Congressional Democrats want the Interior Department's inspector general to investigate the editing of climate change references from a key report. Credit: Molly Riley/Associated Press

UPDATE, April 9, 2018: This story has been updated with the inspector general’s response.

House and Senate Democrats on Friday asked the Interior Department’s inspector general to investigate whether the National Park Service violated its scientific integrity policy, in response to a report by Reveal from The Center for Investigative Reporting.

Drafts of a long-awaited report on sea level rise and storm surge showed National Park Service officials had deleted every reference to humans’ role in causing climate change. The report projects significantly more flooding in 118 coastal national parks if greenhouse gas emissions continue to rise.

The editing exposed by Reveal “follows a pattern of climate change information being limited, restricted and censored by the Trump administration,” according to a letter by five Democrats who are members of the House Committee on Natural Resources.

“When these scientific and scholarly activities are unduly influenced by political or personal aims, agency policies and decision-making are put at risk,” the letter says.

The letter to the Office of Inspector General quotes Interior Secretary Ryan Zinke telling their committee at a hearing last month, “I didn’t change a paragraph – a comma – in any document and I never would.”

“While it is possible that his own pen or keystroke did not alter the NPS climate change report, at least one person that worked under his leadership did,” the letter says. “It is essential that we understand whether the changes were made in response to explicit verbal or written direction, or whether they were a result of a culture of climate denial that leads employees to believe the path of least resistance for them and their work is to follow that lead?”

In a separate letter also sent Friday, Sen. Mazie Hirono, a Democrat from Hawaii, and four other senators also asked the inspector general to investigate. At a Senate hearing last month, Zinke told Hirono that his department does not censor science.

In an interview, Hirono cautioned that censorship could erode the credibility of government science, asking, “How much can we rely on these reports if they’re editing out really critical aspects of the report?”

She and the other four senators want the inspector general to determine who edited the report and who directed them to do so. They also want an examination of what stalled the release of the report, which originally was drafted in 2016.

“This delay is particularly concerning given National Park Service Staff would certainly benefit from this information in order to properly plan for and manage some of America’s greatest treasures, as 92 percent of our coastal national parks are threatened by sea level rise,” the letter says.

The senators’ letter also asks for any other instances of interference with scientific reports at the Interior Department or other violations of scientific integrity.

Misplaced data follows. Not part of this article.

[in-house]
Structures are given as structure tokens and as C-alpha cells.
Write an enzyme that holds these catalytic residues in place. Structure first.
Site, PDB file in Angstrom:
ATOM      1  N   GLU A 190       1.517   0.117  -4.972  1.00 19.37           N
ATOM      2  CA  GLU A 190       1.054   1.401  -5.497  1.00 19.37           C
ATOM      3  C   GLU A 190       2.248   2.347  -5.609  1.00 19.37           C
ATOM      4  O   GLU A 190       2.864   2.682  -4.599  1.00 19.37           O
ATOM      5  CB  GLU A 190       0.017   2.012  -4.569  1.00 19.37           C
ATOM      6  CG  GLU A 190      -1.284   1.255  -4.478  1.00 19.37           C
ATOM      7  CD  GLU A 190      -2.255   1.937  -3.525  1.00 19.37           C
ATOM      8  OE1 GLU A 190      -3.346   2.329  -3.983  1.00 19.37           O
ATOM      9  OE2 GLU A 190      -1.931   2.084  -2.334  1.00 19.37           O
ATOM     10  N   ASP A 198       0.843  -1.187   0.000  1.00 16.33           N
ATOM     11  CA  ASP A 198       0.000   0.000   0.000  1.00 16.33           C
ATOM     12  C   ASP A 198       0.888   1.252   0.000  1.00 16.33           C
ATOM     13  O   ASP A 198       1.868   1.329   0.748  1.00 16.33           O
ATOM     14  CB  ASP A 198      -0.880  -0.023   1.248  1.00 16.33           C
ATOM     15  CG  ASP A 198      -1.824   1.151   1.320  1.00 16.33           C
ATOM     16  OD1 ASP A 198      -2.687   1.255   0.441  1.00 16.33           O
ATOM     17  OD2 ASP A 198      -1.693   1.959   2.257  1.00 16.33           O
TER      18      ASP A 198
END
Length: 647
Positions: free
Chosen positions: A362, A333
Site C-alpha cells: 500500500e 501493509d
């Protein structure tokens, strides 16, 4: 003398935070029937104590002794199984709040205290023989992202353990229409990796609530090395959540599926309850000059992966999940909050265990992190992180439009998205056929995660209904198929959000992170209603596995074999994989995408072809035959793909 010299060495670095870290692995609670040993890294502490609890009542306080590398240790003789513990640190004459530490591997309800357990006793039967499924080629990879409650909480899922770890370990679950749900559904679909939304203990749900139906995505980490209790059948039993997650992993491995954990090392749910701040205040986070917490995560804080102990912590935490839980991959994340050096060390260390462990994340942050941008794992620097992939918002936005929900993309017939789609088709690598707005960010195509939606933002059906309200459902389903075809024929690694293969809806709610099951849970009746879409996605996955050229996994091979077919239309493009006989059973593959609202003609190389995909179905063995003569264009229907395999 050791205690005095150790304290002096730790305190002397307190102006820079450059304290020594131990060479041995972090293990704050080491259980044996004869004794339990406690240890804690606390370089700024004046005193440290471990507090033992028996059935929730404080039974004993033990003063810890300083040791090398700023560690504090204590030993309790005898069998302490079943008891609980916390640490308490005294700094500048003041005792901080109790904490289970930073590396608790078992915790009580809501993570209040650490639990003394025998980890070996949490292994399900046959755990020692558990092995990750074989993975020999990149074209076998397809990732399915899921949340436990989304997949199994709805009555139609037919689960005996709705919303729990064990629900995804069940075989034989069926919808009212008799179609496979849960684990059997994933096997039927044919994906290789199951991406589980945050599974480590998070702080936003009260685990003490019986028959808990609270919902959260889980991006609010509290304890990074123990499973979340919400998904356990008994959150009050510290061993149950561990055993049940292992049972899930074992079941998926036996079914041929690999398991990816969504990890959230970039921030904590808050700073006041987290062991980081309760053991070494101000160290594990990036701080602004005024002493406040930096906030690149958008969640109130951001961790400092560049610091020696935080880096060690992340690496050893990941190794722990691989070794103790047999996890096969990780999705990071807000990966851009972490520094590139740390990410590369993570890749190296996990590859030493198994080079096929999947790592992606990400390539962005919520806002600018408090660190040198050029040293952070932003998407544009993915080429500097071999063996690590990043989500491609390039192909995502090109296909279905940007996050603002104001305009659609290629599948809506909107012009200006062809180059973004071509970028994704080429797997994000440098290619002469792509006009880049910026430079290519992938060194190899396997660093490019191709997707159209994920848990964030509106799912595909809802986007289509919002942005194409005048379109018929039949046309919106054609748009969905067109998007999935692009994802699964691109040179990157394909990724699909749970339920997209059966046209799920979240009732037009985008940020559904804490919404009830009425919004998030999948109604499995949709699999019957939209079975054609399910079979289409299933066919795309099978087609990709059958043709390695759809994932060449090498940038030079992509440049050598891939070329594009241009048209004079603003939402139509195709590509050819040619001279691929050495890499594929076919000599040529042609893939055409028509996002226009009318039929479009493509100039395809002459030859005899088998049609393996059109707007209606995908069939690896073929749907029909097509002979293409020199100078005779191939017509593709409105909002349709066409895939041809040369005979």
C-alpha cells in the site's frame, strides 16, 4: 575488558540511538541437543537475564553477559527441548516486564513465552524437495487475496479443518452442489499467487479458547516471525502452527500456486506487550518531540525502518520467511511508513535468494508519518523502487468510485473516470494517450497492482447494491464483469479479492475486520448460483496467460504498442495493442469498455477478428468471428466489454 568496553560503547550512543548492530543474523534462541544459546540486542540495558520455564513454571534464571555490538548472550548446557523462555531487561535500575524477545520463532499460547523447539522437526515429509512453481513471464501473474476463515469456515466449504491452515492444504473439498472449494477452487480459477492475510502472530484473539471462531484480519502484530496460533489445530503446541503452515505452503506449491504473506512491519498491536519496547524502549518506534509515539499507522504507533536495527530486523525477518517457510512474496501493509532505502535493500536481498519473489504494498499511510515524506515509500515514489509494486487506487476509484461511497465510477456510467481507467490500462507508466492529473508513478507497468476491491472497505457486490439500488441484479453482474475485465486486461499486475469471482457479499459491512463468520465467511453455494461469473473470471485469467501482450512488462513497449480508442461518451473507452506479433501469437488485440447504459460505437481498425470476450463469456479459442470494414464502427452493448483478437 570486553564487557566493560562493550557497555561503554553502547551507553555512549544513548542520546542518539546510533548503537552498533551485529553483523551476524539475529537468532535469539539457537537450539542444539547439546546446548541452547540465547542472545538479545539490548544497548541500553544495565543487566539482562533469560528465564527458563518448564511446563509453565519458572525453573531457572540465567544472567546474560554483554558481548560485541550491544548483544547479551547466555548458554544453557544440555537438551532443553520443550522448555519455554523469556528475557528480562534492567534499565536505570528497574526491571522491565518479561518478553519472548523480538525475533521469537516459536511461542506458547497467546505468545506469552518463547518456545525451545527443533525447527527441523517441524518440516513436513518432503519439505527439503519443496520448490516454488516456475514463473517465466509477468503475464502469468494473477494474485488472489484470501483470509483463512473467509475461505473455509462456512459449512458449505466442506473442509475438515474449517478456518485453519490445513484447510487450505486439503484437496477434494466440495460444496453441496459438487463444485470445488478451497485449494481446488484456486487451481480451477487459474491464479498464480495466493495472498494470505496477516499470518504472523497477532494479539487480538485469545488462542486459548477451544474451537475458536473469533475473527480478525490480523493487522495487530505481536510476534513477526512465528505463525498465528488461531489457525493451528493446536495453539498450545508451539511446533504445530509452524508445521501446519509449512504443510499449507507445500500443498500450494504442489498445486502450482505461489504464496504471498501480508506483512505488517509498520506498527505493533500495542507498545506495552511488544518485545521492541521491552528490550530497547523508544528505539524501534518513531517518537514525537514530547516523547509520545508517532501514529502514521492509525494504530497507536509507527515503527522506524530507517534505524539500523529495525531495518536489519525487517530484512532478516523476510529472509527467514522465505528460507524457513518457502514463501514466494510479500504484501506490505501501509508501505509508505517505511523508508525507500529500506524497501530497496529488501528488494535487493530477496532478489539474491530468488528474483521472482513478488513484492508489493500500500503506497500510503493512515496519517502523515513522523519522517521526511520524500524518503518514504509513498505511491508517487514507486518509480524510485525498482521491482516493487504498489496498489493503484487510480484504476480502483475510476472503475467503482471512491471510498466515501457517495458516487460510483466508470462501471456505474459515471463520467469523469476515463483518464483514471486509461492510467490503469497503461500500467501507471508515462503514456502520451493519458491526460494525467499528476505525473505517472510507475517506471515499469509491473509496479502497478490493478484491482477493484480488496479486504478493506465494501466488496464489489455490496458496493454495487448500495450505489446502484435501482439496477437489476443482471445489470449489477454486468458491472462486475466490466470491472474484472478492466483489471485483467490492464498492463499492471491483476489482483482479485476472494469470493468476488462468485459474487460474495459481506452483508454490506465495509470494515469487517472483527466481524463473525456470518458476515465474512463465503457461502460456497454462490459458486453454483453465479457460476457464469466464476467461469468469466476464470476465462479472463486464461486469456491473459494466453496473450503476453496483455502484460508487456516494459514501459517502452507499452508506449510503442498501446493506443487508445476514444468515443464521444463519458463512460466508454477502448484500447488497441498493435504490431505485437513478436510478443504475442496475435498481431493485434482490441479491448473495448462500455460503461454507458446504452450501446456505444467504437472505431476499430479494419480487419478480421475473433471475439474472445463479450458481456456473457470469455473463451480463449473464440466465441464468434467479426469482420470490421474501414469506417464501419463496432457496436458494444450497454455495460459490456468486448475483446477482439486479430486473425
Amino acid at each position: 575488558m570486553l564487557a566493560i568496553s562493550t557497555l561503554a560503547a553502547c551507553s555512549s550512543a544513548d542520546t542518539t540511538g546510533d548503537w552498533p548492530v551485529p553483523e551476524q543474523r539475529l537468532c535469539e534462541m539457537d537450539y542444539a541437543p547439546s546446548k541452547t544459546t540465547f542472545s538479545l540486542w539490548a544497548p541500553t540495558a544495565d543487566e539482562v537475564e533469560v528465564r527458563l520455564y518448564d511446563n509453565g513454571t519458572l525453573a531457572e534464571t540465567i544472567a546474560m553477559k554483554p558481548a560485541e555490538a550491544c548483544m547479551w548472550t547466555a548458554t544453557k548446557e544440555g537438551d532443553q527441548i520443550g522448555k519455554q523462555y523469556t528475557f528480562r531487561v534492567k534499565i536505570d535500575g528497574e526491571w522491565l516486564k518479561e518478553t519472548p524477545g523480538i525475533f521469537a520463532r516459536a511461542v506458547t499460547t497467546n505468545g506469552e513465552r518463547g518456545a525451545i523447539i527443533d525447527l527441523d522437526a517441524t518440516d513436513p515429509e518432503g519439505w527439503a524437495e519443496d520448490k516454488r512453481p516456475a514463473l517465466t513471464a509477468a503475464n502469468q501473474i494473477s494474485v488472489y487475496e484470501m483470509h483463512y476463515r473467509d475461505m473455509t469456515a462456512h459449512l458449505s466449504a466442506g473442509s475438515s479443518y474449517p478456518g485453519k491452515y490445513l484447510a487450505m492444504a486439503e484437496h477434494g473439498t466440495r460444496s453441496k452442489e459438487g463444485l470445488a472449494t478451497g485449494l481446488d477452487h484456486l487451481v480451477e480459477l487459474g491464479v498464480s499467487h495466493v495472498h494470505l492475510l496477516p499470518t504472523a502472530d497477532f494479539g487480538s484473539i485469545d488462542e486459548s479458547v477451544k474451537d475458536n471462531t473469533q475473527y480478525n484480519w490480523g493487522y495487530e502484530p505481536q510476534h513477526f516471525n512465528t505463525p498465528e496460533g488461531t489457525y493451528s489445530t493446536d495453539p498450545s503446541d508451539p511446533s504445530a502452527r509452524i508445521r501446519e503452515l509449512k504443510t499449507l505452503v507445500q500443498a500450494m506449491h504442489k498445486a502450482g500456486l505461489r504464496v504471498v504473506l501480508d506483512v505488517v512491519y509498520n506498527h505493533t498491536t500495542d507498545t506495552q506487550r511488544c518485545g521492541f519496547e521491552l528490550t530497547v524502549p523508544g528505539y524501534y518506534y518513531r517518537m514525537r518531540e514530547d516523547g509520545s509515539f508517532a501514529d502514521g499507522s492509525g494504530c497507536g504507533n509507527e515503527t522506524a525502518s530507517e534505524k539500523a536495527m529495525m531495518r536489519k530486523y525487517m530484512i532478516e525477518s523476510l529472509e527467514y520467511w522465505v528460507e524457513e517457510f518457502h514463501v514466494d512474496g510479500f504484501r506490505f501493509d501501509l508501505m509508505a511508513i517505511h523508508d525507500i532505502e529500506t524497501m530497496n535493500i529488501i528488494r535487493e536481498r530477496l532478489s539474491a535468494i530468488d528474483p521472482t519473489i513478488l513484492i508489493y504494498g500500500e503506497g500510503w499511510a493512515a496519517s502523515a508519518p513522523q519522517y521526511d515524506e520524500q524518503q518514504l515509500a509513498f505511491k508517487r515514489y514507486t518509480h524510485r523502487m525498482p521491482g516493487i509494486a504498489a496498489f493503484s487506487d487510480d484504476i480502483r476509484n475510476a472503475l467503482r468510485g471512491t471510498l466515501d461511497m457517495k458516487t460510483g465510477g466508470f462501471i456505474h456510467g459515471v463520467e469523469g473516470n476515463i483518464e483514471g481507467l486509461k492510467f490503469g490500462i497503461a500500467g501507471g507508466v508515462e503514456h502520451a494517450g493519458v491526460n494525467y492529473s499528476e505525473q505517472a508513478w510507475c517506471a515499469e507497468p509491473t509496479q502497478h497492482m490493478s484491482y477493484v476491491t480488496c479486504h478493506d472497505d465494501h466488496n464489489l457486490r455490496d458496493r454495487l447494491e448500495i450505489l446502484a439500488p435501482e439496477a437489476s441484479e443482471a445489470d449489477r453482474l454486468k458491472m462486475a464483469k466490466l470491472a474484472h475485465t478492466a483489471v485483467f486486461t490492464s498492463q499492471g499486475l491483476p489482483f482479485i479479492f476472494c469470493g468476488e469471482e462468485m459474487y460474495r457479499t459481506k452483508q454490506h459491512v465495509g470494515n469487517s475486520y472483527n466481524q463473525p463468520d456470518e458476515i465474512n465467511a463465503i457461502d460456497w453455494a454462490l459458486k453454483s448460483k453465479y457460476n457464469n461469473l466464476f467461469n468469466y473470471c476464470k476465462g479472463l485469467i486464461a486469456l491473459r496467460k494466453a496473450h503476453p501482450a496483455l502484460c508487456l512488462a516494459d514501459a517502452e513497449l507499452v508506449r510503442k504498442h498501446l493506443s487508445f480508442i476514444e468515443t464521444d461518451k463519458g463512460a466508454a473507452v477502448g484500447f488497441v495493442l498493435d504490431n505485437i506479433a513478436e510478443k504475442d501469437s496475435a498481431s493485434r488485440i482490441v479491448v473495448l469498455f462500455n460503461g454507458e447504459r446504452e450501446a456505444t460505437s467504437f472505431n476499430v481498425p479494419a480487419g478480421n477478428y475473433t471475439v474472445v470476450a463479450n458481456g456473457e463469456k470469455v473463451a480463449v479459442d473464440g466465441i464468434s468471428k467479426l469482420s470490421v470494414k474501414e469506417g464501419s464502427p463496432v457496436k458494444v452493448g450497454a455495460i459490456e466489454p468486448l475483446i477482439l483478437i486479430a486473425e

The other senators who signed the letter are Sen. Tammy Duckworth of Illinois, Sen. Bernie Sanders of Vermont, Sen. Ron Wyden of Oregon and Sen. Catherine Cortez Masto of Nevada. The House letter was signed by Rep. Raul Grijalva of Arizona, Reps. A. Donald McEachin and Donald Beyer of Virginia, Rep. Niki Tsongas  of Massachusetts and Rep. Alan Lowenthal of California.

Nancy DiPaolo, director of external affairs for the Office of Inspector General, said the office is reviewing the requests.

“We take all congressional requests very seriously,” said DiPaolo, who noted that the Office of Inspector General is independent, and works for both Congress and the executive branch.

Correction: A previous version of this story misstated a congresswoman’s state and misspelled her name. Niki Tsongas represents Massachusetts.

Elizabeth Shogren can be reached at Follow her on Twitter: @ShogrenE.

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Elizabeth Shogren was a senior reporter and producer for Reveal, covering science. As part of a new initiative, Shogren tracks the real-life effects of the anti-science mentality that has seeped into many corners of the federal government. Previously, Shogren was an on-air environment correspondent for NPR’s national and science desks. She has also covered the environment and energy for the Los Angeles Times and High Country News. While at NPR, she was a lead reporter for Poisoned Places, a data-driven series about the toxic air pollution that plagues some communities because of the failure of government to implement a decades-old federal law. The series received several honors, including a Science in Society journalism award from the National Association of Science Writers. Her High Country News investigations of the federal coal program and the Federal Emergency Management Agency’s failure to adjust to climate change won the Society of Professional Journalists’ Top of the Rockies prizes. Early in her career, as a freelance foreign correspondent, she covered the fall of communism in Eastern Europe before joining the Los Angeles Times’ Moscow bureau. Later, she joined the paper’s Washington bureau, where she covered the White House, Congress, poverty and the environment. Shogren is based in Washington, D.C.